If someone is tempted to post a lot of code in a comment, perhaps as a correction of the answerer's (or asker's) code, I would wonder why they don't post the correct code as their own answer or edit the post, whichever makes more sense.

I'd leave a comment on the non-answer and flag it.

Edit: I should add that I think Meta is a slightly different animal. I think adding answers with additional information on a bug report is at least common, if not allowed.

Edit #2: In your examples, the first one should've been an edit on the question itself. And I think the second one should've been its own question (with a link to the original for context, perhaps).


Am I the only one to disagree with those flags?

I have been flagging both non-answers and off-topic/bad questions the last few weeks (I have a flag weight of 260 if that matters) but I really try to flag only those posts that only add noise to the site. I don't really mind reading something posted as an answer if includes enough information to make it relevant, whether that is a real answer, relevant pictures or a very long (interesting) comment. It may not strictly fit SO regulations, but it may still be interesting enough and worth reading it.


I put these two examples firmly in the non-answer category. They're follow-up questions, so they should be posted as such. (Unless they're minor enough to be comment material, which is clearly not the case here.)

If I see new follow-up questions being posted as answers, I leave a comment explaining that this is not an answer and should be posted as a separate question, then flag for non-answer. If the answerer has low rep, I put a link to /about.

But if the question has been idle for months, I don't see much value in doing anything. Chances are that the follow-upper has lost interest or asked elsewhere anyway. Especially if the follow-up has useful information (e.g. because someone has answered in a comment), I'd just let things rest.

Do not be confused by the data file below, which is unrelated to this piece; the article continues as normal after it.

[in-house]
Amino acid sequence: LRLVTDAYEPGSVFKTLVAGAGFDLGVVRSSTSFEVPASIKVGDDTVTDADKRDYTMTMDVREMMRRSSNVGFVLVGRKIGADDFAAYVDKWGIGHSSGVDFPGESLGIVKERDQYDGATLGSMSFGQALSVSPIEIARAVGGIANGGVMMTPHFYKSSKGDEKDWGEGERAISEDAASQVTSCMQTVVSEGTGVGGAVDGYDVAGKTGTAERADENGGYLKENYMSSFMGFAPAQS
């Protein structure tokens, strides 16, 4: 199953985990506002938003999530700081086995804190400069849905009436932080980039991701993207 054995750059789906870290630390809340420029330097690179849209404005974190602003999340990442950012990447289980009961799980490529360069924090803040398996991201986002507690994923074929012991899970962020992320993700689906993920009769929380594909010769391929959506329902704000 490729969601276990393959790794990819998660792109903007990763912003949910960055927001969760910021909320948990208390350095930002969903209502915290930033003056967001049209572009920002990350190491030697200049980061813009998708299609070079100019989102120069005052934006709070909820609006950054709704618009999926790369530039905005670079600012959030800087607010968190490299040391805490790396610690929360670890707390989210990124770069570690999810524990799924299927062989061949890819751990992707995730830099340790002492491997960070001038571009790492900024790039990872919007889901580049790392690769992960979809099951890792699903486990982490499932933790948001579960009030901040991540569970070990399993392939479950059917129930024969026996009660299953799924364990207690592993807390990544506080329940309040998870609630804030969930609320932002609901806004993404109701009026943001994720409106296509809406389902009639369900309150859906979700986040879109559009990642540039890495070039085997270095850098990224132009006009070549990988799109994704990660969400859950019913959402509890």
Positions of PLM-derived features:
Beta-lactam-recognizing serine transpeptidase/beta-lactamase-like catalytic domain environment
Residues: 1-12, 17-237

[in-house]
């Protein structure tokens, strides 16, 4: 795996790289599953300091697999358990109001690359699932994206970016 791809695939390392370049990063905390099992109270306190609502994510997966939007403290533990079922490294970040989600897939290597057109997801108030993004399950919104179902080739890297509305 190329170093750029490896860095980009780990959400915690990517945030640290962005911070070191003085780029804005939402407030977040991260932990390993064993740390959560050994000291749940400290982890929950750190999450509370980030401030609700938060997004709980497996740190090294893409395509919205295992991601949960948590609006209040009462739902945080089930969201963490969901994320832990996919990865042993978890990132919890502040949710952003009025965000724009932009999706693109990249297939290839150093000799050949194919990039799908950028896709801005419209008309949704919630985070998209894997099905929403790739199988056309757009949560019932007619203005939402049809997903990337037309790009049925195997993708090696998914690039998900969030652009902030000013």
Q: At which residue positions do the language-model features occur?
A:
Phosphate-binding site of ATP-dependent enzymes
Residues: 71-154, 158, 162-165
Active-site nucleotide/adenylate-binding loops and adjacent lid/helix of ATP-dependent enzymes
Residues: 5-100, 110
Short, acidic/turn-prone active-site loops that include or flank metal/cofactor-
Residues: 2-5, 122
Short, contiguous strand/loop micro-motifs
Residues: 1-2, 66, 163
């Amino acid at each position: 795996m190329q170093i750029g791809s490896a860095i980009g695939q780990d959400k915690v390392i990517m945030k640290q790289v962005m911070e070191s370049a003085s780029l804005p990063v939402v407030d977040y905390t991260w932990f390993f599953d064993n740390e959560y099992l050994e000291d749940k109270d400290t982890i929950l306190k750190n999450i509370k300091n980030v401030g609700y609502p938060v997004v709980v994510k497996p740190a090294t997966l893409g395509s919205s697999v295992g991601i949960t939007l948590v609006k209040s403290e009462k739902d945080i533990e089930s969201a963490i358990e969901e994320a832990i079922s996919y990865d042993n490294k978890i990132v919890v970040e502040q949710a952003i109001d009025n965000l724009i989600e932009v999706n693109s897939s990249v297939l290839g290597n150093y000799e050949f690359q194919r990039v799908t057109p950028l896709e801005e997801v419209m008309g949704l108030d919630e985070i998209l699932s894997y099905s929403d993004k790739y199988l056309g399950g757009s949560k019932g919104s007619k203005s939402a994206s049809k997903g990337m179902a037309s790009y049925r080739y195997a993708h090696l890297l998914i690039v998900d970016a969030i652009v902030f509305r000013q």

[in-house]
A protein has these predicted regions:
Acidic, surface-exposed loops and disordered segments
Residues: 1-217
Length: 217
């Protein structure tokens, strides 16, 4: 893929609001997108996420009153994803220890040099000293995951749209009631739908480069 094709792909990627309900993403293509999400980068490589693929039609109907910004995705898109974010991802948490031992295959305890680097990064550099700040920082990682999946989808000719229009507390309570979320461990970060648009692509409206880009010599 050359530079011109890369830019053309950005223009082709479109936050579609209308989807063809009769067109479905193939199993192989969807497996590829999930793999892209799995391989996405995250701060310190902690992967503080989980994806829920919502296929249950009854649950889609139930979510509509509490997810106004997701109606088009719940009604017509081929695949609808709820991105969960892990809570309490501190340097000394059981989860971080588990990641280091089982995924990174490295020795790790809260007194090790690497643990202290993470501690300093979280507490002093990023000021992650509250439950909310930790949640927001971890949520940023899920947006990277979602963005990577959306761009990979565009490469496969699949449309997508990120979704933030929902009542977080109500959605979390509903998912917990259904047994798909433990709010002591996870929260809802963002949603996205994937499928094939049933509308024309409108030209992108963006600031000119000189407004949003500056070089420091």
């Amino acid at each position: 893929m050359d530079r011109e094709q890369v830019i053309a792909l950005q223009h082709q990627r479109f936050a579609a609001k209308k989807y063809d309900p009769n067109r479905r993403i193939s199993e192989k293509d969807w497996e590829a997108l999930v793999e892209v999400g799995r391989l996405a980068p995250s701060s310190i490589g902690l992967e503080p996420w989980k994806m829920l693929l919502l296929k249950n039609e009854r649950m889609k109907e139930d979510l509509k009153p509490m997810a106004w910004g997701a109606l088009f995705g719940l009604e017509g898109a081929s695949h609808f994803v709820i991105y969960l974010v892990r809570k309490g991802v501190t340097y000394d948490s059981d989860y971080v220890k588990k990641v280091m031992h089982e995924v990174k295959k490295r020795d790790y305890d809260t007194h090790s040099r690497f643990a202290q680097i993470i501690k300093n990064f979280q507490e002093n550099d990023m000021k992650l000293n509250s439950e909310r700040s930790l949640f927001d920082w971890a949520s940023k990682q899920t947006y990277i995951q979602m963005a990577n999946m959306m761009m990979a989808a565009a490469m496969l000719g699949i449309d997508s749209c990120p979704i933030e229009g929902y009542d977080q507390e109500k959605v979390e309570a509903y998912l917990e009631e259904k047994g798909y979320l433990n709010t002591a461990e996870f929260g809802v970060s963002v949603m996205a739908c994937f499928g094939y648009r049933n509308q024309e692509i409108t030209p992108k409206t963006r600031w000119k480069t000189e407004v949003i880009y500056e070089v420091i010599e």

• 1
    I flag really old non-answers even though the 1-rep poster has doubtless wandered away, because they make the site less useful for others and could encourage similar behaviour from those who see them. Apr 2, 2011 at 14:22
  • @Kate: Maybe my behavior is too geared towards SE2.0, where old non-answers haven't had time to accumulate. If they're common enough that they would set a bad example, then I do agree with flagging. Apr 2, 2011 at 14:31

Both of the examples provided should have resulted in new questions. Good posters would provide links in both the old question and new question so that people can follow the "conversation".

Almost anything can be turned into a question or an answer.

A long comment suggesting an improvement to an answer can be made into a new answer by prepending, "Building on Rebecca's answer, I believe the following might be useful:"

A long comment requesting clarification on an answer can be made into a new question, "I read Rebecca's answer (summary and link) to the question (summary and link) and am confused by (issue)."


We should have some flexibility for the limits of our technology on our ability to communicate information. Every post like that should be examined on their own, and if it was appropriate to be a comment, but the formatting/posting restrictions wouldn't allow it, then maybe it needs to be an answer.

In this case if they are follow-up questions, then they should be posted as a new question, maybe referring to the old one if needed.